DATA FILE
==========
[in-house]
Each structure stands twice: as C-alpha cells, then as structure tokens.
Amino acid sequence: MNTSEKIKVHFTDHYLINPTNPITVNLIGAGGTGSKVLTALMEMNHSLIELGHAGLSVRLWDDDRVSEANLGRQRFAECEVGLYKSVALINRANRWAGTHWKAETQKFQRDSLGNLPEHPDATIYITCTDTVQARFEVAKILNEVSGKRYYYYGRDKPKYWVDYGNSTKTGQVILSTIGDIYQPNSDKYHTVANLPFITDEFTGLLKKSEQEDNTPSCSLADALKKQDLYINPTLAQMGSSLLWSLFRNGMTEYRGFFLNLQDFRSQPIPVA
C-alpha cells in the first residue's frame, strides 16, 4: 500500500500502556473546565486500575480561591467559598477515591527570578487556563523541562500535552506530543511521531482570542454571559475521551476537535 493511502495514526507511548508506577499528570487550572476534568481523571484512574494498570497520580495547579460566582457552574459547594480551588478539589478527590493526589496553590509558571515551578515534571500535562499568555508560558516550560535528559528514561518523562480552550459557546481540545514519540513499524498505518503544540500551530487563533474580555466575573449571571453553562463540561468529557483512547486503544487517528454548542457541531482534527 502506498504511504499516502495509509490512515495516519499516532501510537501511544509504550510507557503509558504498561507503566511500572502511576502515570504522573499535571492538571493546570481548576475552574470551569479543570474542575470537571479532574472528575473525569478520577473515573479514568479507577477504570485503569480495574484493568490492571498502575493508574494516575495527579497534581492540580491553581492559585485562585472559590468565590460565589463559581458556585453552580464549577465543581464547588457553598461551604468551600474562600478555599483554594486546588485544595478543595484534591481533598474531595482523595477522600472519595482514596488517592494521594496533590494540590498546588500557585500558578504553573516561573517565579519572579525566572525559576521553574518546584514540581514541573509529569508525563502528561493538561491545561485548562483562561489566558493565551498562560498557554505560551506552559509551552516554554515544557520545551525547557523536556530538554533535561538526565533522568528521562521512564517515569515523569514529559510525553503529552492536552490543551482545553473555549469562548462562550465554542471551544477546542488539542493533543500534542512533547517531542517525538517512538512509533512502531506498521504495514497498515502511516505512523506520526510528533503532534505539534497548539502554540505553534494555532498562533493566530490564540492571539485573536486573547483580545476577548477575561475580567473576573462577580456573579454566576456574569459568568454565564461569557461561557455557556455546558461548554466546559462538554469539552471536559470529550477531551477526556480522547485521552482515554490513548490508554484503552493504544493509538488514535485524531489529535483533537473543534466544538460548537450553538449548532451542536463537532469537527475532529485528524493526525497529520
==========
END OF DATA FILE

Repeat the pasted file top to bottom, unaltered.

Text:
[in-house]
Each structure stands twice: as C-alpha cells, then as structure tokens.
Amino acid sequence: MNTSEKIKVHFTDHYLINPTNPITVNLIGAGGTGSKVLTALMEMNHSLIELGHAGLSVRLWDDDRVSEANLGRQRFAECEVGLYKSVALINRANRWAGTHWKAETQKFQRDSLGNLPEHPDATIYITCTDTVQARFEVAKILNEVSGKRYYYYGRDKPKYWVDYGNSTKTGQVILSTIGDIYQPNSDKYHTVANLPFITDEFTGLLKKSEQEDNTPSCSLADALKKQDLYINPTLAQMGSSLLWSLFRNGMTEYRGFFLNLQDFRSQPIPVA
C-alpha cells in the first residue's frame, strides 16, 4: 500500500500502556473546565486500575480561591467559598477515591527570578487556563523541562500535552506530543511521531482570542454571559475521551476537535 493511502495514526507511548508506577499528570487550572476534568481523571484512574494498570497520580495547579460566582457552574459547594480551588478539589478527590493526589496553590509558571515551578515534571500535562499568555508560558516550560535528559528514561518523562480552550459557546481540545514519540513499524498505518503544540500551530487563533474580555466575573449571571453553562463540561468529557483512547486503544487517528454548542457541531482534527 502506498504511504499516502495509509490512515495516519499516532501510537501511544509504550510507557503509558504498561507503566511500572502511576502515570504522573499535571492538571493546570481548576475552574470551569479543570474542575470537571479532574472528575473525569478520577473515573479514568479507577477504570485503569480495574484493568490492571498502575493508574494516575495527579497534581492540580491553581492559585485562585472559590468565590460565589463559581458556585453552580464549577465543581464547588457553598461551604468551600474562600478555599483554594486546588485544595478543595484534591481533598474531595482523595477522600472519595482514596488517592494521594496533590494540590498546588500557585500558578504553573516561573517565579519572579525566572525559576521553574518546584514540581514541573509529569508525563502528561493538561491545561485548562483562561489566558493565551498562560498557554505560551506552559509551552516554554515544557520545551525547557523536556530538554533535561538526565533522568528521562521512564517515569515523569514529559510525553503529552492536552490543551482545553473555549469562548462562550465554542471551544477546542488539542493533543500534542512533547517531542517525538517512538512509533512502531506498521504495514497498515502511516505512523506520526510528533503532534505539534497548539502554540505553534494555532498562533493566530490564540492571539485573536486573547483580545476577548477575561475580567473576573462577580456573579454566576456574569459568568454565564461569557461561557455557556455546558461548554466546559462538554469539552471536559470529550477531551477526556480522547485521552482515554490513548490508554484503552493504544493509538488514535485524531489529535483533537473543534466544538460548537450553538449548532451542536463537532469537527475532529485528524493526525497529520